Rapidly evolving in humans topologically associating domains

20 Jul 2015  ·  Glinsky Gennadi ·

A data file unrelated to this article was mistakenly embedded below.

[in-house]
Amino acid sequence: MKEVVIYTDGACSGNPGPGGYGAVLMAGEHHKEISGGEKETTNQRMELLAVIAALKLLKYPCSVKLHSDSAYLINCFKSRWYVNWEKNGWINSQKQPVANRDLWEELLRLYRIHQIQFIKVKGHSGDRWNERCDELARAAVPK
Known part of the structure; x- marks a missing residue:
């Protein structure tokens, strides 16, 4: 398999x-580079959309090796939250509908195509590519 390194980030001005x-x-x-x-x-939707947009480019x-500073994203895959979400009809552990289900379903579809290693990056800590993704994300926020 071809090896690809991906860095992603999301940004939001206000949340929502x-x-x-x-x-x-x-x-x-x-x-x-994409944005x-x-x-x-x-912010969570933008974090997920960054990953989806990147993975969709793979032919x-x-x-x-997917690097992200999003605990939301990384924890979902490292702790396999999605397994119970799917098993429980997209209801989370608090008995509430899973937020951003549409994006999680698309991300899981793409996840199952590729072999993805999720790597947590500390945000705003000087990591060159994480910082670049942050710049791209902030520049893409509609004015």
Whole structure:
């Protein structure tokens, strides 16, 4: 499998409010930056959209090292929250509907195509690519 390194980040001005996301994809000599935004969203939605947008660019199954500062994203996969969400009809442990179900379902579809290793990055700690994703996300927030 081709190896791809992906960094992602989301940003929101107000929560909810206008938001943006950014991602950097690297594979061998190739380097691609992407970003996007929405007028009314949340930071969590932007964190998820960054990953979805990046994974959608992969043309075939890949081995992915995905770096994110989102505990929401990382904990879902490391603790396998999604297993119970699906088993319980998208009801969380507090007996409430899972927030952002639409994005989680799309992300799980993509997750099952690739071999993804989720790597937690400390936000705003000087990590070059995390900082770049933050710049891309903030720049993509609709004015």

Genome-wide proximity placement analysis of 10,598 HSGRL within the context of the principal regulatory structures of the interphase chromatin, namely topologically-associating domains (TADs) and specific sub-TAD structures termed super-enhancer domains (SEDs) revealed that 0.8%-10.3% of TADs contain more than half of HSGRL. Of the 3,127 TADs in the hESC genome, 24 (0.8%); 53 (1.7%); 259 (8.3%); and 322 (10.3%) harbor 1,110 (52.4%); 1,936 (50.9%); 1,151 (59.6%); and 1,601 (58.3%) HSGRL sequences from four distinct families, respectively... TADs that are enriched for HSGRL and termed rapidly-evolving in humans TADs (revTADs) manifest distinct correlation patterns between HSGRL placements and recombination rates. There are significant enrichment within revTAD boundaries of hESC-enhancers, primate-specific CTCF-binding sites, human-specific RNAPII-binding sites, hCONDELs, and H3K4me3 peaks with human-specific enrichment at TSS in prefrontal cortex neurons (p < 0.0001 in all instances). In hESC genome, 331 of 504 (66%) of SE-harboring TADs contain HSGRL and 68% of SEs co-localize with HSGRL, suggesting that HSGRL rewired SE-driven GRNs within revTADs by inserting novel and/or erasing existing regulatory sequences. Consequently, markedly distinct features of chromatin structures evolved in hESC compared to mouse: the SE quantity is 3-fold higher and the median SE size is significantly larger; concomitantly, the TAD number is increased by 42% while the median TAD size is decreased (p=9.11E-37). Present analyses revealed a global role for HSGRL in increasing both quantity and size of SEs and increasing the number and size reduction of TADs, which may facilitate a convergence of TAD and SED architectures of interphase chromatin and define a trend of increasing regulatory complexity during evolution of GRNs. read more

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